House resolution urges inquiry on GMA-7 talent system

By Demie Dangla

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Three lawmakers filed a House resolution on Tuesday, February 10 to probe the issue of contractualization and alleged labor malpractice committed by network giant GMA-7 against its talents. If the House Committee on Labor approves the resolution, GMA-7 will have to face inquiries on its alleged violations of the Labor Code.

Filed by Gabriela Party-list Representatives Emmi De Jesus and Luz Ilagan and Quezon City 6th District Representative Christopher “Kit” Belmonte was House Bill 1893 urging for an investigation in aid of legislation to look into the situation of GMA-7 talents.

“Yung kaso na inihahapag ngayon ng GMA (talents) ay isang konkretong halimbawa ng paghahangad ng mga empleyado na magkaroon talaga ng pagkilala doon sa kanilang ginagawa bilang mahalagang bahagi para magtuloy-tuloy ang trabaho ng GMA. At sa kasamaang palad, marami sa kanila ang kontraktwal [The case filed by GMA-7 talents is a concrete example of the pursuit of employees to have their work recognized as a significant part for the operations of GMA. Unfortunately, many of them are contractual],” said Rep. De Jesus in a press briefing.

talents association of gma

However, in a statement released by GMA-7 on February 13, GMA-7 Vice President for Legal Affairs Lynn P. Delfin denied alleged labor violations by the network.

“GMA Network respects the filing of the resolution by the House members but maintains the position that its practice of engaging talents does not constitute any labor violation,” said Delfin.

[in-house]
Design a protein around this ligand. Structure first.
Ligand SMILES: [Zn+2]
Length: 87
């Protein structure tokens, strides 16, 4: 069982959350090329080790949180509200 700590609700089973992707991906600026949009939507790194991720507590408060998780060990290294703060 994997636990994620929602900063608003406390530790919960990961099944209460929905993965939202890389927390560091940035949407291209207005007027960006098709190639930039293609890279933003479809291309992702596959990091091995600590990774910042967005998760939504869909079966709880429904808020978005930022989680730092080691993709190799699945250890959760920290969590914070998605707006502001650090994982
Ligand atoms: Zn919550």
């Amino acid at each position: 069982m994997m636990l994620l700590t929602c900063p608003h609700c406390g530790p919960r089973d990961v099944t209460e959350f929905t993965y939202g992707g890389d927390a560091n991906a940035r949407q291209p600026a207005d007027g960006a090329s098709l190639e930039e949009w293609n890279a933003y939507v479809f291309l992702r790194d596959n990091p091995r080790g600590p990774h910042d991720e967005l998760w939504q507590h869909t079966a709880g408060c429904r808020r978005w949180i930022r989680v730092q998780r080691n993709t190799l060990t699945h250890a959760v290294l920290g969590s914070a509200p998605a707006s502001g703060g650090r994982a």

She added that should the House inquiry proceed, the network would be ready to defend its position.

“GMA will consider it an opportunity to clarify its position and to present proper context to such practice for the better understanding of our legislators,” said Delfin.

In a press release, Talents Association of GMA (TAG) members maintained that the network violated the Labor Code for its contractual scheme; saying that the Talent Agreement Contract of GMA-7 negates what was provided in the Labor Code.

On Dec. 31, 2014, 52 GMA-7 talents have lost their work after they refused to sign the new Project Employment Contract (PEC) of the media giant. According to them, the revised contract offered to them by GMA7 still does not guarantee them security of tenure. For not signing the PEC, the talents whose contracts expired in 2014 were either asked to no longer report for work or were not given new assignments, effectively dismissing them from work. Other talents, whose existing contracts last beyond 2014, were maintained by the network. Some of the dismissed talents have worked in the network for several years.

As talents, they don’t receive benefits such as SSS, PAG-IBIG, and Philhealth. They also have no hazard pay. They work irregular and long hours until their output is completed and work in a “no work, no pay” policy.

 

Still no salary

As of this publishing, salaries of the 52 GMA-7 dismissed talents were still withheld by the network. The withheld salary was the talents’ salary for the work they rendered from December 15-31, 2014. They were supposed to receive their salaries last January 9.